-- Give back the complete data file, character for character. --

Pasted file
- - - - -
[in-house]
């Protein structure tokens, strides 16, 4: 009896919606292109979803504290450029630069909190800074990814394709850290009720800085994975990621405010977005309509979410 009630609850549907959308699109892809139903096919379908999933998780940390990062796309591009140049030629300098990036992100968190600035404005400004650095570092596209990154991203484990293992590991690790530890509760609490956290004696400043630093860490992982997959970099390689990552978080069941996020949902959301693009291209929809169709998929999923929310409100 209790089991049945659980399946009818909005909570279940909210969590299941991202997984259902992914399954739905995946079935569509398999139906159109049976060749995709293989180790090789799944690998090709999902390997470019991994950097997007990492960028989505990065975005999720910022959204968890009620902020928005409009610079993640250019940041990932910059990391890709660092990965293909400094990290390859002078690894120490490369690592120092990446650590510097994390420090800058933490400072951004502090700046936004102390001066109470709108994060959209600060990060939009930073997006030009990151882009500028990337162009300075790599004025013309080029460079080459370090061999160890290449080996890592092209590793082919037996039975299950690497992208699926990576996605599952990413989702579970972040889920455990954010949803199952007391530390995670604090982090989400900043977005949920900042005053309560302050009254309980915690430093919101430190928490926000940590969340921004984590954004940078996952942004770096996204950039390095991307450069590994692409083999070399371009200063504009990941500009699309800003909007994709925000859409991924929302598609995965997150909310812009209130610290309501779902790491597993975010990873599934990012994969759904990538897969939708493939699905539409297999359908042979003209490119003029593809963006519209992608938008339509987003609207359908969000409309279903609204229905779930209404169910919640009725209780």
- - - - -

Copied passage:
[in-house]
């Protein structure tokens, strides 16, 4: 009896919606292109979803504290450029630069909190800074990814394709850290009720800085994975990621405010977005309509979410 009630609850549907959308699109892809139903096919379908999933998780940390990062796309591009140049030629300098990036992100968190600035404005400004650095570092596209990154991203484990293992590991690790530890509760609490956290004696400043630093860490992982997959970099390689990552978080069941996020949902959301693009291209929809169709998929999923929310409100 209790089991049945659980399946009818909005909570279940909210969590299941991202997984259902992914399954739905995946079935569509398999139906159109049976060749995709293989180790090789799944690998090709999902390997470019991994950097997007990492960028989505990065975005999720910022959204968890009620902020928005409009610079993640250019940041990932910059990391890709660092990965293909400094990290390859002078690894120490490369690592120092990446650590510097994390420090800058933490400072951004502090700046936004102390001066109470709108994060959209600060990060939009930073997006030009990151882009500028990337162009300075790599004025013309080029460079080459370090061999160890290449080996890592092209590793082919037996039975299950690497992208699926990576996605599952990413989702579970972040889920455990954010949803199952007391530390995670604090982090989400900043977005949920900042005053309560302050009254309980915690430093919101430190928490926000940590969340921004984590954004940078996952942004770096996204950039390095991307450069590994692409083999070399371009200063504009990941500009699309800003909007994709925000859409991924929302598609995965997150909310812009209130610290309501779902790491597993975010990873599934990012994969759904990538897969939708493939699905539409297999359908042979003209490119003029593809963006519209992608938008339509987003609207359908969000409309279903609204229905779930209404169910919640009725209780």